• Period pain-like cramps: Contractions (especially early ones) are sometimes described as feeling similar to menstrual cramps. The intensity can vary from mild to strong, and the pain may come and go in a rhythmic pattern.
  • Pain in the back or lower abdomen: Contractions can cause discomfort or pain in the lower back, lower abdomen, or both areas simultaneously. Some women may feel the pain primarily in one location, while others experience it in both.
  • Increasing intensity and duration: As labour progresses, contractions typically become more intense, longer-lasting, and closer together. In the early stages, contractions may last around 30 to 60 seconds and occur at intervals of 5 to 20 minutes. As labour advances, contractions may last 60 to 90 seconds and occur every 2 to 5 minutes.
  • Waves of sensation: Contractions often start gradually, build up in intensity, peak, and then gradually subside. You may feel a wave-like motion as the contraction reaches its peak and then diminishes.

Remember, everyone’s pain threshold and perception of pain is different. If you have any concerns about the pain or are unsure if what you’re feeling is a contraction, it’s always best to reach out to your midwife for advice and reassurance.

What other signs might signal labour is starting?

In addition to regular contractions, here are some other signs to look out for that labour is starting. ( FYI – these may occur before, after or at the same time you have contractions):

  • Digestive changes: You may experience diarrhoea, loose bowel movements or vomiting in the hours and days leading up to labour.
  • Backache or lower abdominal pain: Some women experience persistent lower back pain or aching in the lower abdomen, which may come and go or remain constant.
  • Pressure in the pelvis: You might feel increased pressure in your pelvic area as the baby’s head engages and moves down into the birth canal.
  • Bloody show: A pink or brown discharge, often mixed with mucus, may indicate the release of the cervical plug as the cervix begins to dilate. This is commonly referred to as a “bloody show.”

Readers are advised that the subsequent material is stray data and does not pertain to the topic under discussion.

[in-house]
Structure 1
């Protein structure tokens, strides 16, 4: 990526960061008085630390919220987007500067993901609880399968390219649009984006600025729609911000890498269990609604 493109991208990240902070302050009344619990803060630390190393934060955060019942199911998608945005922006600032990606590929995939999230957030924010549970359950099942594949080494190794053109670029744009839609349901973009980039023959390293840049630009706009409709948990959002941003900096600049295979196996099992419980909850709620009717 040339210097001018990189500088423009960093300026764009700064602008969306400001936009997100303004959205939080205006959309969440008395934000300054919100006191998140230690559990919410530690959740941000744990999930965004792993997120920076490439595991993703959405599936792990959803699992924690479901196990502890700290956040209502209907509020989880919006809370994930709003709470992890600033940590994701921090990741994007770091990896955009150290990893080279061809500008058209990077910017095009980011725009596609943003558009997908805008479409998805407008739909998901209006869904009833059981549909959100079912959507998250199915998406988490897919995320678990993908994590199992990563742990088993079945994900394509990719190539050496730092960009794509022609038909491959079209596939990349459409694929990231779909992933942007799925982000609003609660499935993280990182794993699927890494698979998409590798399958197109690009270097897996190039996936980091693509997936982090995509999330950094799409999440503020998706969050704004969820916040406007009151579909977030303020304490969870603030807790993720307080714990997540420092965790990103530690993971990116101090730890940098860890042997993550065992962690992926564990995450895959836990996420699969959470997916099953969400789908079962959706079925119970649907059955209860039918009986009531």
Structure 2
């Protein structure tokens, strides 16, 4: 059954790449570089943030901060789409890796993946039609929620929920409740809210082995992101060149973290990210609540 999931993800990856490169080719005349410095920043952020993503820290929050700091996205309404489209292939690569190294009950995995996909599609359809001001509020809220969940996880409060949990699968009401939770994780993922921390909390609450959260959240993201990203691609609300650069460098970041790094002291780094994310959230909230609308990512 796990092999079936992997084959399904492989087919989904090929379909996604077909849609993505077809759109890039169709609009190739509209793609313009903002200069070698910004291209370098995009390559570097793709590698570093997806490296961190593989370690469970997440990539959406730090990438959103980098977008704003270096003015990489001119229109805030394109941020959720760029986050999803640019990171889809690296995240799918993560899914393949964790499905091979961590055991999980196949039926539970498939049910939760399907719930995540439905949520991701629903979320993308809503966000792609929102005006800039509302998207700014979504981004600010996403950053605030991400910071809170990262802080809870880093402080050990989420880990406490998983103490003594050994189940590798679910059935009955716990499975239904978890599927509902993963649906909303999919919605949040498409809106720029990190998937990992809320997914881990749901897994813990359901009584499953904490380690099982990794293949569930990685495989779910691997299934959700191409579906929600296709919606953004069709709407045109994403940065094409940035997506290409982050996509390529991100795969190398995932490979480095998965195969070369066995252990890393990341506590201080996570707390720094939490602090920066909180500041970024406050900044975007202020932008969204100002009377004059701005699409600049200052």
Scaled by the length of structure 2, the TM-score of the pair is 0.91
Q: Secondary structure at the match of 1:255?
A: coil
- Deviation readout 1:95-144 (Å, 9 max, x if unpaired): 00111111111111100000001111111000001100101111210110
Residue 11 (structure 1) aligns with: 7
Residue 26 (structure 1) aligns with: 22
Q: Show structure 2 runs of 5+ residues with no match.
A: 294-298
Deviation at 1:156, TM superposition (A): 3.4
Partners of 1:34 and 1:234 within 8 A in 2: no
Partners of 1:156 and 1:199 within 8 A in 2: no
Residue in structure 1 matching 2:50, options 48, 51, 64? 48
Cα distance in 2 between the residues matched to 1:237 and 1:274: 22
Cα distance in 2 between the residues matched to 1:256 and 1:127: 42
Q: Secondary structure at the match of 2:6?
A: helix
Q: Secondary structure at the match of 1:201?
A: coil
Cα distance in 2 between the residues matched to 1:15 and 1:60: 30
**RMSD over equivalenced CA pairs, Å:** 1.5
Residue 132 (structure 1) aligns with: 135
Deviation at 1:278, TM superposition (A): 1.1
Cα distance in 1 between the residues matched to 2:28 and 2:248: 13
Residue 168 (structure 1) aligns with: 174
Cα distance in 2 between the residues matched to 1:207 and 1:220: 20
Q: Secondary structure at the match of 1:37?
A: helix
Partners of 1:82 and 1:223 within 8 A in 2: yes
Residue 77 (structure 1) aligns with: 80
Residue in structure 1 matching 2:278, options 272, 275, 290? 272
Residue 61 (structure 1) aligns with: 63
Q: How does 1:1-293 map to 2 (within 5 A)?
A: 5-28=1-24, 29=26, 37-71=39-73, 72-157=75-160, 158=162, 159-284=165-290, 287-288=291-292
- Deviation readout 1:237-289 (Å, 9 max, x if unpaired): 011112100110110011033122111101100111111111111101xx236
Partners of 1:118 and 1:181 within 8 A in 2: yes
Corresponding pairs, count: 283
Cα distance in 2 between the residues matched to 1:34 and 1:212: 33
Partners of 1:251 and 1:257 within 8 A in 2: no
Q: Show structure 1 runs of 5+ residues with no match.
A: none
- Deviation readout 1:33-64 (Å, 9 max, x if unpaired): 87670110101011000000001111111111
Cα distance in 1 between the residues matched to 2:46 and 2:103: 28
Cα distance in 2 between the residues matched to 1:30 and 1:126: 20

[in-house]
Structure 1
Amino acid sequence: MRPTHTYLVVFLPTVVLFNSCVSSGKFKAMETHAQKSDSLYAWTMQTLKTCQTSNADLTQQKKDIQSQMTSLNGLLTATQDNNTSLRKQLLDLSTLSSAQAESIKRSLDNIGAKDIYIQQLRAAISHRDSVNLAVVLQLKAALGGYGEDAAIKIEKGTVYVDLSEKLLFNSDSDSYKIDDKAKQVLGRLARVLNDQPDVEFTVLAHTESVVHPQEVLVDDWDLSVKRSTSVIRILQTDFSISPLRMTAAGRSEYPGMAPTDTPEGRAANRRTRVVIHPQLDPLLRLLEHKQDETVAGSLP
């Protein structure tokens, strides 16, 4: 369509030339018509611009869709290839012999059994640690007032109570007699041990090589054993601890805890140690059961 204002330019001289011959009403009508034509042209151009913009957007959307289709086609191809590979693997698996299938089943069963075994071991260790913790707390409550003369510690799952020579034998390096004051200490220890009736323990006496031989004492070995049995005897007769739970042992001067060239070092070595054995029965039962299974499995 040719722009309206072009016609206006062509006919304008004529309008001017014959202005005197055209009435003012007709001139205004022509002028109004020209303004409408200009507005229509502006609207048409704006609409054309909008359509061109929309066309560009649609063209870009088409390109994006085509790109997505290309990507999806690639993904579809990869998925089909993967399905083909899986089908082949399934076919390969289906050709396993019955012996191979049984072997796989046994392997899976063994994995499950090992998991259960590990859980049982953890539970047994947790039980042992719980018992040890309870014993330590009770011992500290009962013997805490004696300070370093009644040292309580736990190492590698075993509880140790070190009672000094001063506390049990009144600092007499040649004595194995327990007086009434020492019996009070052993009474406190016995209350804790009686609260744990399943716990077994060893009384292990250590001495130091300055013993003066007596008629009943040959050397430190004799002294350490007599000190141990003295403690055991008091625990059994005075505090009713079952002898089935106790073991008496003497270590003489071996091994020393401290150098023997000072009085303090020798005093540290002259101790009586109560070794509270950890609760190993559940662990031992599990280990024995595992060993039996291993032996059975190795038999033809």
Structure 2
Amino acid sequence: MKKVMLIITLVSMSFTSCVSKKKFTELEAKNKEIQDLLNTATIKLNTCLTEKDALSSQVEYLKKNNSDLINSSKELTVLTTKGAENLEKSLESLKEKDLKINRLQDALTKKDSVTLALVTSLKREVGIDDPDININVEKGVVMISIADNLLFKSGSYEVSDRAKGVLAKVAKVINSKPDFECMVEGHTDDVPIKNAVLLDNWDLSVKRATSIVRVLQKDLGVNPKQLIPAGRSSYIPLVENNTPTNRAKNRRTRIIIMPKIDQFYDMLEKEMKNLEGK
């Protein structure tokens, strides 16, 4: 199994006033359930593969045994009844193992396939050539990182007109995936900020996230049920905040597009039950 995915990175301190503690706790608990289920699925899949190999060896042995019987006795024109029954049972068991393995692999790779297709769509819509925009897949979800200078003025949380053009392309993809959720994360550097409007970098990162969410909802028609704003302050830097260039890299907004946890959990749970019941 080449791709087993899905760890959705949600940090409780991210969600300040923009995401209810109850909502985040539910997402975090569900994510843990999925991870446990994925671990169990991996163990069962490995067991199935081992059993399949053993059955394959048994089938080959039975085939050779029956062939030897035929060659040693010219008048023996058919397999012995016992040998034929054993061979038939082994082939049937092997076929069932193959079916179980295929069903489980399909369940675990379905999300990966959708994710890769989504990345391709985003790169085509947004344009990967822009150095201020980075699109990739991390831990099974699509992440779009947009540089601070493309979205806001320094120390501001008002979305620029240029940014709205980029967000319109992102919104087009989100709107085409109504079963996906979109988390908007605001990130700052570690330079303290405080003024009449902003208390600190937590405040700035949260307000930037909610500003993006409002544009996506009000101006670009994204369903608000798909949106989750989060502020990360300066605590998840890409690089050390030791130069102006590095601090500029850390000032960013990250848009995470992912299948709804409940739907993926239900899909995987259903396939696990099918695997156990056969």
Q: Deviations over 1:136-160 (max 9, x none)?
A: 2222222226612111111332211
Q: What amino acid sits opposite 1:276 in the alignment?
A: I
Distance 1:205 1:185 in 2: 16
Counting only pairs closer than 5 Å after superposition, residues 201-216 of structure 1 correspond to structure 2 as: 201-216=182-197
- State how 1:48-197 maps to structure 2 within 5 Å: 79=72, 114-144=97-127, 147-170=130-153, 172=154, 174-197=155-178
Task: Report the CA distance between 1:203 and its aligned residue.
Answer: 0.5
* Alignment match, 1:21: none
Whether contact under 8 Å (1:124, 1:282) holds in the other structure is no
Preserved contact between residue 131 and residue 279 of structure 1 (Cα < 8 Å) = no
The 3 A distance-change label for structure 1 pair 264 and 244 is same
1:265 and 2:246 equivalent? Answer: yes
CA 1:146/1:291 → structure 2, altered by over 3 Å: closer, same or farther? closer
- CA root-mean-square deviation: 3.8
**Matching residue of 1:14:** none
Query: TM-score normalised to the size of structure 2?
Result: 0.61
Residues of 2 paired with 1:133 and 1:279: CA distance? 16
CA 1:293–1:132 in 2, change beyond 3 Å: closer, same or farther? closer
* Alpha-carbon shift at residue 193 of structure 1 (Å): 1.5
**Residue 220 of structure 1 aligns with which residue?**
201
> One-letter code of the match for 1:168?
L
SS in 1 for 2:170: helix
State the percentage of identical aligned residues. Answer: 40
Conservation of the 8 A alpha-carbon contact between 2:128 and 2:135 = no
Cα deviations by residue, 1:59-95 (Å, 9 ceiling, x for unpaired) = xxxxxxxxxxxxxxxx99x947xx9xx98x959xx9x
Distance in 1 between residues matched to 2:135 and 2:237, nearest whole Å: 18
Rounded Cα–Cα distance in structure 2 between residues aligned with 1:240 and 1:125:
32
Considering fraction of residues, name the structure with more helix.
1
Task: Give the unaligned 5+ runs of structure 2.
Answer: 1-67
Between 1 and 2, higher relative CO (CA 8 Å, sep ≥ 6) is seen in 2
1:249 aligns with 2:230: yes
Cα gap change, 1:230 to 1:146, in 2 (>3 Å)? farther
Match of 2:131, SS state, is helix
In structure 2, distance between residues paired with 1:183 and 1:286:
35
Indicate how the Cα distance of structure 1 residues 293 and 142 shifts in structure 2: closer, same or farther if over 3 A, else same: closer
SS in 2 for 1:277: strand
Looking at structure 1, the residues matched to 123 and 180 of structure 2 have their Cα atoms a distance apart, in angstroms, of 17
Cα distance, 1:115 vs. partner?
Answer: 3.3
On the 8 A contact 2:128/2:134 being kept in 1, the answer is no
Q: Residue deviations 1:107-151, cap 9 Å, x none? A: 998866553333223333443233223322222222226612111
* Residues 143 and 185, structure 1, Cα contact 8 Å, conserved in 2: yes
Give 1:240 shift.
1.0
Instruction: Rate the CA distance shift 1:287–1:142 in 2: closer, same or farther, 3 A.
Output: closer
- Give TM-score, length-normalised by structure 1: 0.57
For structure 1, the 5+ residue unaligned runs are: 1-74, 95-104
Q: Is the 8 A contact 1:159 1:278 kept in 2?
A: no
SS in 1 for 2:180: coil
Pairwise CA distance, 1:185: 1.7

• Waters breaking: The amniotic sac, also known as the “waters,” may rupture, causing a gush or a trickle of fluid. It can be clear or slightly pink-tinged. If your waters break, contact your midwife or healthcare provider.

How much does giving birth hurt on a scale of 1 – 10?

Look, we’re not going to lie to you, giving birth is a big deal. A vaginal birth involves very intense contractions (that can go on for a long time) as well as significant stretching of the birth canal.  It would be unfair of us to sugarcoat it and say that it’s not painful at all.

However, it’s not all terrible and many women refer to childbirth pain as a productive pain—a pain with a purpose. This is because the joy and excitement of meeting their baby outweighs the pain experienced during labour.

What are some pain-management options?

There are lots of options to manage pain during labour, both natural and medicinal. Some common labour management options include breathing exercises, gentle movement, water immersion, a TENS machine and squeezing a comb. A relaxed and calm birthing environment can also help you manage labour pain, including having soothing music and being in a dimly lit room.

There’s also the stronger type of pain management aka drugs. We are firm believers that no woman should have to suffer unnecessarily during labour and there are plenty of pain-relieving medications available. The options range from gas and air to injections (pethidine, diamorphine) to an epidural. There are risks and benefits associated with each option so it’s always best to consult with your midwife /medical team so that you can make an informed decision.

Keep in mind that every person’s experience of labour is unique, and the duration and intensity of labour can vary from woman to woman. What one person finds painful, another may find more manageable. It’s essential to discuss your pain management preferences with your midwife, do your research and develop a birth plan that aligns with your needs and desires.

Sources

https://www.nice.org.uk/guidance/cg190/ifp/chapter/the-early-stage-of-labour

https://www.nhs.uk/pregnancy/labour-and-birth/signs-of-labour/signs-that-labour-has-begun/#:~:text=Know%20the%20signs,backache

Birthbabe does not provide medical advice, diagnosis, or treatment. The resources on our website are provided for informational purposes only. You should always consult with a healthcare professional regarding any medical diagnoses or treatment options.